Tech at Night: Attacks on AT&T/T-Mobile attack federalism; Hutchison, Walden, and Heller target Obama power grabs
Wireless competition continues to grow, as Cricket edges closer to 4G LTE. I’m losing track of how many 4G providers we’re starting to rack up. So yes, the people who tell you smaller and regional carriers are not an acceptable substitute for national carriers? They’re selling you something.
That something is an attack on federalism via the Sprint/Soros/Obama/Holder attack on AT&T and the rights of T-Mobile shareholders.
Which is why it’s bad news that these coordinated lawsuits are continuing. It’s ridiculous: both C Spire and Sprint are in better shape than iPhone-less T-Mobile.
At least there’s good news in new and continuing Republican efforts against previous power grabs.
Kay Bailey Hutchison calls Net Neutrality repeal a Jobs Bill, which is right, and is trying to get a Senate vote on it next week, which is great news. She says “We have over 40 signatures to have the expedited Congressional authority to take this resolution up, and the House has already passed it. It now rests in the Senate.”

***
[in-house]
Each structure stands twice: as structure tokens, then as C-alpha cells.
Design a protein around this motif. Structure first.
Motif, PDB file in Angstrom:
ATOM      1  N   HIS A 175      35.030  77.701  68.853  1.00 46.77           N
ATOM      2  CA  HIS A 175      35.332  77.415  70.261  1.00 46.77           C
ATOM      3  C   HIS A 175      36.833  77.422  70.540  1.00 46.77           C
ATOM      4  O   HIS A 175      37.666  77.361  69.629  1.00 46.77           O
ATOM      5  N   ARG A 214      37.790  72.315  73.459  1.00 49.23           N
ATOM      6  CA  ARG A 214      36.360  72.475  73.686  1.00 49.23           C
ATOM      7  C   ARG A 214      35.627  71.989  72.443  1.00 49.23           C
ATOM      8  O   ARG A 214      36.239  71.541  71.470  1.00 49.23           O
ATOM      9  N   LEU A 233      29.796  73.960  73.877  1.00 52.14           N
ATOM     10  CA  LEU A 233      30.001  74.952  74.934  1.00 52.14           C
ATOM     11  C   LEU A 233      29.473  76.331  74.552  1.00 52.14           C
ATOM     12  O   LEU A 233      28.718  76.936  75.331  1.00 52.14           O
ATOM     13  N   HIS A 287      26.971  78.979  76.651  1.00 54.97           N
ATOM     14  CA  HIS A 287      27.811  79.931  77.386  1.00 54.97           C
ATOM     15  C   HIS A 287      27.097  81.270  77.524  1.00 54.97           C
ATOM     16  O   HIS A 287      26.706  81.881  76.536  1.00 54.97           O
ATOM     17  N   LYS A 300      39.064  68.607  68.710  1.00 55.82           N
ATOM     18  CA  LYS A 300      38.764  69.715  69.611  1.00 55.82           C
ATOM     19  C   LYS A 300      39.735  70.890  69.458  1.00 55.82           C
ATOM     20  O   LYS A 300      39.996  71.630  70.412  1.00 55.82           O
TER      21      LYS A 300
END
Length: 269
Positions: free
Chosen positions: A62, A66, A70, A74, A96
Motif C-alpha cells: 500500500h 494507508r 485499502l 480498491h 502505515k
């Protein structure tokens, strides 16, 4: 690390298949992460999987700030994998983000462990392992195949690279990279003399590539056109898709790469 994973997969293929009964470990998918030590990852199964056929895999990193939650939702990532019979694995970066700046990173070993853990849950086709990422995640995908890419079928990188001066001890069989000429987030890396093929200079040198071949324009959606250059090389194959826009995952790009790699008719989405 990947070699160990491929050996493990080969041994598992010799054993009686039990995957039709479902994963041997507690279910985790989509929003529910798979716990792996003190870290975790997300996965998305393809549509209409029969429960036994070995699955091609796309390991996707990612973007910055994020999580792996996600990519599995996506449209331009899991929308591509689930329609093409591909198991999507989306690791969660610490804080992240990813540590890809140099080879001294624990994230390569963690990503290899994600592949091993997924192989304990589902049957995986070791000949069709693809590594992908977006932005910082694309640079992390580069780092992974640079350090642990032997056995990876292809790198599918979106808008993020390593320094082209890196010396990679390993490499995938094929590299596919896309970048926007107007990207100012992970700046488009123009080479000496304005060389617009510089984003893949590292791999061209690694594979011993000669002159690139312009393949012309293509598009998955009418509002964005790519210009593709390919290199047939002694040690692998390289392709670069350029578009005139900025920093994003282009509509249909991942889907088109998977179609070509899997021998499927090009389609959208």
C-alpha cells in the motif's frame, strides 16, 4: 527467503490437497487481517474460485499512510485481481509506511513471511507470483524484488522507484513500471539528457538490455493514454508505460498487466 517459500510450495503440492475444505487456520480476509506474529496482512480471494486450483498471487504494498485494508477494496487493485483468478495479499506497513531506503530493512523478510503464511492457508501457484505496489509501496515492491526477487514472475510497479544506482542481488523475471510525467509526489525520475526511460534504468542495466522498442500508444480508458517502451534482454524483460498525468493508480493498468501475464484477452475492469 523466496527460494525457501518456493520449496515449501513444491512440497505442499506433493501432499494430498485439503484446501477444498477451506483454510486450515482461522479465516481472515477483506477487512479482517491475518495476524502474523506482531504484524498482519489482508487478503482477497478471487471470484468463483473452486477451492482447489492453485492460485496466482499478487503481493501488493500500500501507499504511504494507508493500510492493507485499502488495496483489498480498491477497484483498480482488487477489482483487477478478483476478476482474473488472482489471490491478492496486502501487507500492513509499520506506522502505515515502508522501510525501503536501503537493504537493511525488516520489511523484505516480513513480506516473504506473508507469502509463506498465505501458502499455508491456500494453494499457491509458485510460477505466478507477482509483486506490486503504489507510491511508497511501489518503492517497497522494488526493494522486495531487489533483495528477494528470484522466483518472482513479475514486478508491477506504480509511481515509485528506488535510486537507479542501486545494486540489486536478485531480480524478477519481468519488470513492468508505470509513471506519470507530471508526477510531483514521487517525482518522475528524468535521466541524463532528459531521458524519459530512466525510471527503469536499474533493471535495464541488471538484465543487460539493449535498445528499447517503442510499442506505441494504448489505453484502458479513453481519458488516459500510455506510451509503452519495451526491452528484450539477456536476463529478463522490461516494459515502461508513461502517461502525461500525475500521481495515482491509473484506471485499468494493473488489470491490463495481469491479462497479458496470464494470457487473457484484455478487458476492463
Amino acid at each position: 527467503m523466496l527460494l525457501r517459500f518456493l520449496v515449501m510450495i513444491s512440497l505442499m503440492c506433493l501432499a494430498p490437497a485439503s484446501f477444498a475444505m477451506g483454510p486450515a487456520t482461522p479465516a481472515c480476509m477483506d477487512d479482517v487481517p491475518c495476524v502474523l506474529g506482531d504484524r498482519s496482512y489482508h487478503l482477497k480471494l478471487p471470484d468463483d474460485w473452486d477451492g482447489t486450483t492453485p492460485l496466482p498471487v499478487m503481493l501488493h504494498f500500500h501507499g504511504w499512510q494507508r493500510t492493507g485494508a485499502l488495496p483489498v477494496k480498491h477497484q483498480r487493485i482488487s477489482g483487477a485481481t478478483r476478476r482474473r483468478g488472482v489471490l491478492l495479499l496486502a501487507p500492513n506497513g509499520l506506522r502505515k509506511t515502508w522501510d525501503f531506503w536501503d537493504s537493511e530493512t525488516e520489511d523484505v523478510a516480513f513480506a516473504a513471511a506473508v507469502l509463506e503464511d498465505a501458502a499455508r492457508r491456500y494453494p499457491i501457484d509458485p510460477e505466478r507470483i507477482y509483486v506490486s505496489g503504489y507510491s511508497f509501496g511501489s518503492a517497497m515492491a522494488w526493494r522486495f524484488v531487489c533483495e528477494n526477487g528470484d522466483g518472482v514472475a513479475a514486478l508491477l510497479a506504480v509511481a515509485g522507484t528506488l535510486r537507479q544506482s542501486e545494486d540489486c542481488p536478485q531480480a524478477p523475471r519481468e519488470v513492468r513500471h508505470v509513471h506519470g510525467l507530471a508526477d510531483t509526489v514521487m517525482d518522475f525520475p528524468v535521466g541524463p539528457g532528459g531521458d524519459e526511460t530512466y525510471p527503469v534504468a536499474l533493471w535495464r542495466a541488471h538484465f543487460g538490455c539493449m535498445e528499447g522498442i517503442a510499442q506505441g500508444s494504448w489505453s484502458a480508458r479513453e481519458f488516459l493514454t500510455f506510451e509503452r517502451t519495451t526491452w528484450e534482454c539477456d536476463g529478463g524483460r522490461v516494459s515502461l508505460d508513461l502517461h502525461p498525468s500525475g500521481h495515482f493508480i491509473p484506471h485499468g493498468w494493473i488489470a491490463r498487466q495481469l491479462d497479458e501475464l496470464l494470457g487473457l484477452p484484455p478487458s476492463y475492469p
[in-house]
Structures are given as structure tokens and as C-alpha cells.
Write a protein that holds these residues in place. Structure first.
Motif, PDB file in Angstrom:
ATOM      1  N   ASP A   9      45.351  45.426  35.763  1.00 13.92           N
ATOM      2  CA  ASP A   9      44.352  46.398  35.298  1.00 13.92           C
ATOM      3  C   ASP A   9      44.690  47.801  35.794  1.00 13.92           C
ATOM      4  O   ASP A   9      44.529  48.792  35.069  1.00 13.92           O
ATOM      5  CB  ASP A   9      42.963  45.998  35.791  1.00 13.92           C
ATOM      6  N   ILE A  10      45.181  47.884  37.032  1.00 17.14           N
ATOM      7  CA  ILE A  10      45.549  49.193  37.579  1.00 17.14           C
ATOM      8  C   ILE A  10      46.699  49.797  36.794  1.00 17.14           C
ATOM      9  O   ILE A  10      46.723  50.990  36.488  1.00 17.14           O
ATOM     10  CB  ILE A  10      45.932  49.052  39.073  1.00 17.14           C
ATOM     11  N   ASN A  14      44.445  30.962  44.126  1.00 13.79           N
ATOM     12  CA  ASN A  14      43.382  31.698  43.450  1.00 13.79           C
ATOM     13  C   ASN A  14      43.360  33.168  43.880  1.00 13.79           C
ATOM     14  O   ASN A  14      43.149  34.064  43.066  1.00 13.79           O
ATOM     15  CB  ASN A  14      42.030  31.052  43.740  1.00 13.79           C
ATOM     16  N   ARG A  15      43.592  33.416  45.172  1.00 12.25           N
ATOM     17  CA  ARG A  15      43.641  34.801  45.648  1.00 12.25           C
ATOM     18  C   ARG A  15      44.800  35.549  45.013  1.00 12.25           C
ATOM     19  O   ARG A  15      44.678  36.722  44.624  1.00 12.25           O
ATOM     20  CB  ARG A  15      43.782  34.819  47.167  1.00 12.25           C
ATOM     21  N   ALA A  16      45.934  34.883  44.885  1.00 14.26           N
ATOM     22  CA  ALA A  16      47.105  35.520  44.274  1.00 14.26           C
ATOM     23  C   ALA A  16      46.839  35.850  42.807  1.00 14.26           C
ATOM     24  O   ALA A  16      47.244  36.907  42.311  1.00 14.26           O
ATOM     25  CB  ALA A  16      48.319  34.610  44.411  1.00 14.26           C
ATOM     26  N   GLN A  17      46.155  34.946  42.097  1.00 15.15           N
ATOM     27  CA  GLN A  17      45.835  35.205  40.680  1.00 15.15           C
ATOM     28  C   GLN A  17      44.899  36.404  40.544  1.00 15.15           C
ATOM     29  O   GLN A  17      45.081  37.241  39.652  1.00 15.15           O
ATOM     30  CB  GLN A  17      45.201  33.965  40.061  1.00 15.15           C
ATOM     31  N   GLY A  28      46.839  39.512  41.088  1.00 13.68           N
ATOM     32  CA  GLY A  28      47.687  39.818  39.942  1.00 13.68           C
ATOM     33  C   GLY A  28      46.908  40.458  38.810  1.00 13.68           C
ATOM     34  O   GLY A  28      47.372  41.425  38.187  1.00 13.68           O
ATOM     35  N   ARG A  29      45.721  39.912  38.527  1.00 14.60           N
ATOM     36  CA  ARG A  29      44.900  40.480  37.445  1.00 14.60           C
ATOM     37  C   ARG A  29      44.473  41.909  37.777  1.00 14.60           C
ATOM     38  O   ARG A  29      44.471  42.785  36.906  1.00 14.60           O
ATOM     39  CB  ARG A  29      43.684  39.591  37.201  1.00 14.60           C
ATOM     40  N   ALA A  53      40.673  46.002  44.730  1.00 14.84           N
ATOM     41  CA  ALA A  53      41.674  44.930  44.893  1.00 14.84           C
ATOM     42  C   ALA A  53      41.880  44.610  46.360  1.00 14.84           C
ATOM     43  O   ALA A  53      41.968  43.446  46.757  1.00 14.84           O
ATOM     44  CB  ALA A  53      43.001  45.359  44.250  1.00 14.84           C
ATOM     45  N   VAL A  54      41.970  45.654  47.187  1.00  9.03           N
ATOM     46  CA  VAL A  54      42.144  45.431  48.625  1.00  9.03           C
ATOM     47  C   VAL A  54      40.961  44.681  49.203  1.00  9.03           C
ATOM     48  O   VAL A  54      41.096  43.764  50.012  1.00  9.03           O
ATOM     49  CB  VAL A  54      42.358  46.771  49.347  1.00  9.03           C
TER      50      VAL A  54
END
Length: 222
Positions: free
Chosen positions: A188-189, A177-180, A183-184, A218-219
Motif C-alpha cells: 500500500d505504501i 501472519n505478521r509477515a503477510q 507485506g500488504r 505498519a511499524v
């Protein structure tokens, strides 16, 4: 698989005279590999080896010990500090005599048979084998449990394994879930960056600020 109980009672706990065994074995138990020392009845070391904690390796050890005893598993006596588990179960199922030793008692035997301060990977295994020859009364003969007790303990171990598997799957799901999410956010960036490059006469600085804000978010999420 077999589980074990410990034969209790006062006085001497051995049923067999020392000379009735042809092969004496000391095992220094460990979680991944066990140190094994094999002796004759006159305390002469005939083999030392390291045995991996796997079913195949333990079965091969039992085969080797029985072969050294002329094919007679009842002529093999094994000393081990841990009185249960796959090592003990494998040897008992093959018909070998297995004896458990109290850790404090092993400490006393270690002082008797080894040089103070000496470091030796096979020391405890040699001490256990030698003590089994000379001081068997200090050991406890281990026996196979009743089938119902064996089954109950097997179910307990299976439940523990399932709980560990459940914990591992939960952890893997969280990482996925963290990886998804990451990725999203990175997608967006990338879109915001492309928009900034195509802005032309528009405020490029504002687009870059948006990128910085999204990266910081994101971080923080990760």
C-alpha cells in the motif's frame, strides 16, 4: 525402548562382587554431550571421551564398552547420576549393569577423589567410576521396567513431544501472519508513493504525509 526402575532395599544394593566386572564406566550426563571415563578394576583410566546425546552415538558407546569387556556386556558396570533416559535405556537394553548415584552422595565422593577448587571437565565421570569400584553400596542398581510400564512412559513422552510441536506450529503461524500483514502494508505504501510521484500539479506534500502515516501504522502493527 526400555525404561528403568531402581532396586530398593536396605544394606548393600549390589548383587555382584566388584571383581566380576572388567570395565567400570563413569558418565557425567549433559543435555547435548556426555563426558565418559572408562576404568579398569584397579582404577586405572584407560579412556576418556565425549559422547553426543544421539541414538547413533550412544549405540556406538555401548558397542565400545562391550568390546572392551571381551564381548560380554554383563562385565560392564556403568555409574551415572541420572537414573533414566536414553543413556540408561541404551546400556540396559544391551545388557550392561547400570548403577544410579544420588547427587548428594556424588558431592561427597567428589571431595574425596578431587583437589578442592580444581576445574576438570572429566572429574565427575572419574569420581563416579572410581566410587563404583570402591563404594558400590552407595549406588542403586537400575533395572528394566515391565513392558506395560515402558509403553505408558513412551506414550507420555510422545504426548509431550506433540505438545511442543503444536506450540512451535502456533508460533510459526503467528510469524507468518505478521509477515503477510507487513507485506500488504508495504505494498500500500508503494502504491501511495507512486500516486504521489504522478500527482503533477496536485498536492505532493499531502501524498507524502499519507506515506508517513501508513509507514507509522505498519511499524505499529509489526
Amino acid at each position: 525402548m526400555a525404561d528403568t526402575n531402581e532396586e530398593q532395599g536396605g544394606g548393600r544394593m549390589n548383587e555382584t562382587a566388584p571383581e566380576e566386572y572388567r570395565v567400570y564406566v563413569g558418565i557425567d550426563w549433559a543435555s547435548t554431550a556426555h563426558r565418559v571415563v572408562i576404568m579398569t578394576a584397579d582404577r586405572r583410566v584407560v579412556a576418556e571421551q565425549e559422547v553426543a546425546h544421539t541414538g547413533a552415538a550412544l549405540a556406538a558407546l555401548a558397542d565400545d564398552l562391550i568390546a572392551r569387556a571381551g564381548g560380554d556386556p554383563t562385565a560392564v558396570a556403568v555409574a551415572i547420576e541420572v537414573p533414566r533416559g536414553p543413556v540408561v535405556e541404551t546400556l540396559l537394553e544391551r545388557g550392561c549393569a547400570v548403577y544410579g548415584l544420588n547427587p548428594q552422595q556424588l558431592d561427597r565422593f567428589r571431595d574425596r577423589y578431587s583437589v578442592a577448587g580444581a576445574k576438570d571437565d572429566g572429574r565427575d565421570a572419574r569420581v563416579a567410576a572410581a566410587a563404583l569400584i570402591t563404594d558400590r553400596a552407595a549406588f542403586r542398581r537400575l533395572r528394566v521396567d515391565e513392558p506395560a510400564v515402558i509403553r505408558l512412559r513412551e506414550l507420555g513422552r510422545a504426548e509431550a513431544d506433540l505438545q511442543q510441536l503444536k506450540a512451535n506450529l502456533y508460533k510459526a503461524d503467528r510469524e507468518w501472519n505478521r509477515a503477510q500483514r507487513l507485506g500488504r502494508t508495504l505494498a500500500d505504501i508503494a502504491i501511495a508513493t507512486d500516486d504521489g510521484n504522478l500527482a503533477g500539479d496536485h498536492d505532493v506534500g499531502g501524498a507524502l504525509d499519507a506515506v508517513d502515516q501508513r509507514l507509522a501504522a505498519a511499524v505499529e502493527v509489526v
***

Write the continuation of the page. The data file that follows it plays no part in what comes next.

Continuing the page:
And to try to prevent future Net Neutralities, Dean Heller and Greg Walden are teaming up to push for FCC process reform, something badly needed. It’s a sick joke how non-transparent the process was, to create these regulations which demand transparency.
Anonymous: They’ll attack the US government, they’ll attack credit card companies, but they won’t bother Mexican drug gangs. Yeah. No wonder they’re affiliated with the violent Occupy protests.
PATENT WARS: Microsoft defends its patent licensing policies with respect to Android, as it holds patents that Android vendors need. Samsung is going after iPhone software. Apple fails to stop a clone tablet maker. VirnetX tries again against Apple.